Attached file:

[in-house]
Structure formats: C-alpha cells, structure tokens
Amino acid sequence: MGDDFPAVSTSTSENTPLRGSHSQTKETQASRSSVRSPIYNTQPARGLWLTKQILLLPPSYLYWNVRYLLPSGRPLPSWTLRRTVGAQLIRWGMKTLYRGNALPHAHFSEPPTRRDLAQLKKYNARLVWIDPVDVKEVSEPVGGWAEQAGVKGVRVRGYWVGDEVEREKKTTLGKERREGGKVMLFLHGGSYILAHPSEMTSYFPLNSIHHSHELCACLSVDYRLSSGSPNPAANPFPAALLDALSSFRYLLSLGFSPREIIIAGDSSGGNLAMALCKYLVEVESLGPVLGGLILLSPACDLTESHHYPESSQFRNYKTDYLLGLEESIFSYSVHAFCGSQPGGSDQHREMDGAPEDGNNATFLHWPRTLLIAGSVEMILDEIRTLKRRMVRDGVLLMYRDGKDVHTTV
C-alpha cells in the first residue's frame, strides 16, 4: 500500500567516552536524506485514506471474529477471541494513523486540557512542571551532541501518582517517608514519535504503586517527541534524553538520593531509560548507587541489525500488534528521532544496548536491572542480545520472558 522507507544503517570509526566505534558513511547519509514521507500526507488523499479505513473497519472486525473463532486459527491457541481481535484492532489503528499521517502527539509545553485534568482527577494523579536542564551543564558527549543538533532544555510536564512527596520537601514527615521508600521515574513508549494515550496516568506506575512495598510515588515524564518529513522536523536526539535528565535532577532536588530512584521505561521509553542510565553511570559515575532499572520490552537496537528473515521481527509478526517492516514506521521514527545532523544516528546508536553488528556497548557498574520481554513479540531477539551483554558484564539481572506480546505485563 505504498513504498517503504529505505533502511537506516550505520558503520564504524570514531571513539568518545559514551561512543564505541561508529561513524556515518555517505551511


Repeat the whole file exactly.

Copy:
[in-house]
Structure formats: C-alpha cells, structure tokens
Amino acid sequence: MGDDFPAVSTSTSENTPLRGSHSQTKETQASRSSVRSPIYNTQPARGLWLTKQILLLPPSYLYWNVRYLLPSGRPLPSWTLRRTVGAQLIRWGMKTLYRGNALPHAHFSEPPTRRDLAQLKKYNARLVWIDPVDVKEVSEPVGGWAEQAGVKGVRVRGYWVGDEVEREKKTTLGKERREGGKVMLFLHGGSYILAHPSEMTSYFPLNSIHHSHELCACLSVDYRLSSGSPNPAANPFPAALLDALSSFRYLLSLGFSPREIIIAGDSSGGNLAMALCKYLVEVESLGPVLGGLILLSPACDLTESHHYPESSQFRNYKTDYLLGLEESIFSYSVHAFCGSQPGGSDQHREMDGAPEDGNNATFLHWPRTLLIAGSVEMILDEIRTLKRRMVRDGVLLMYRDGKDVHTTV
C-alpha cells in the first residue's frame, strides 16, 4: 500500500567516552536524506485514506471474529477471541494513523486540557512542571551532541501518582517517608514519535504503586517527541534524553538520593531509560548507587541489525500488534528521532544496548536491572542480545520472558 522507507544503517570509526566505534558513511547519509514521507500526507488523499479505513473497519472486525473463532486459527491457541481481535484492532489503528499521517502527539509545553485534568482527577494523579536542564551543564558527549543538533532544555510536564512527596520537601514527615521508600521515574513508549494515550496516568506506575512495598510515588515524564518529513522536523536526539535528565535532577532536588530512584521505561521509553542510565553511570559515575532499572520490552537496537528473515521481527509478526517492516514506521521514527545532523544516528546508536553488528556497548557498574520481554513479540531477539551483554558484564539481572506480546505485563 505504498513504498517503504529505505533502511537506516550505520558503520564504524570514531571513539568518545559514551561512543564505541561508529561513524556515518555517505551511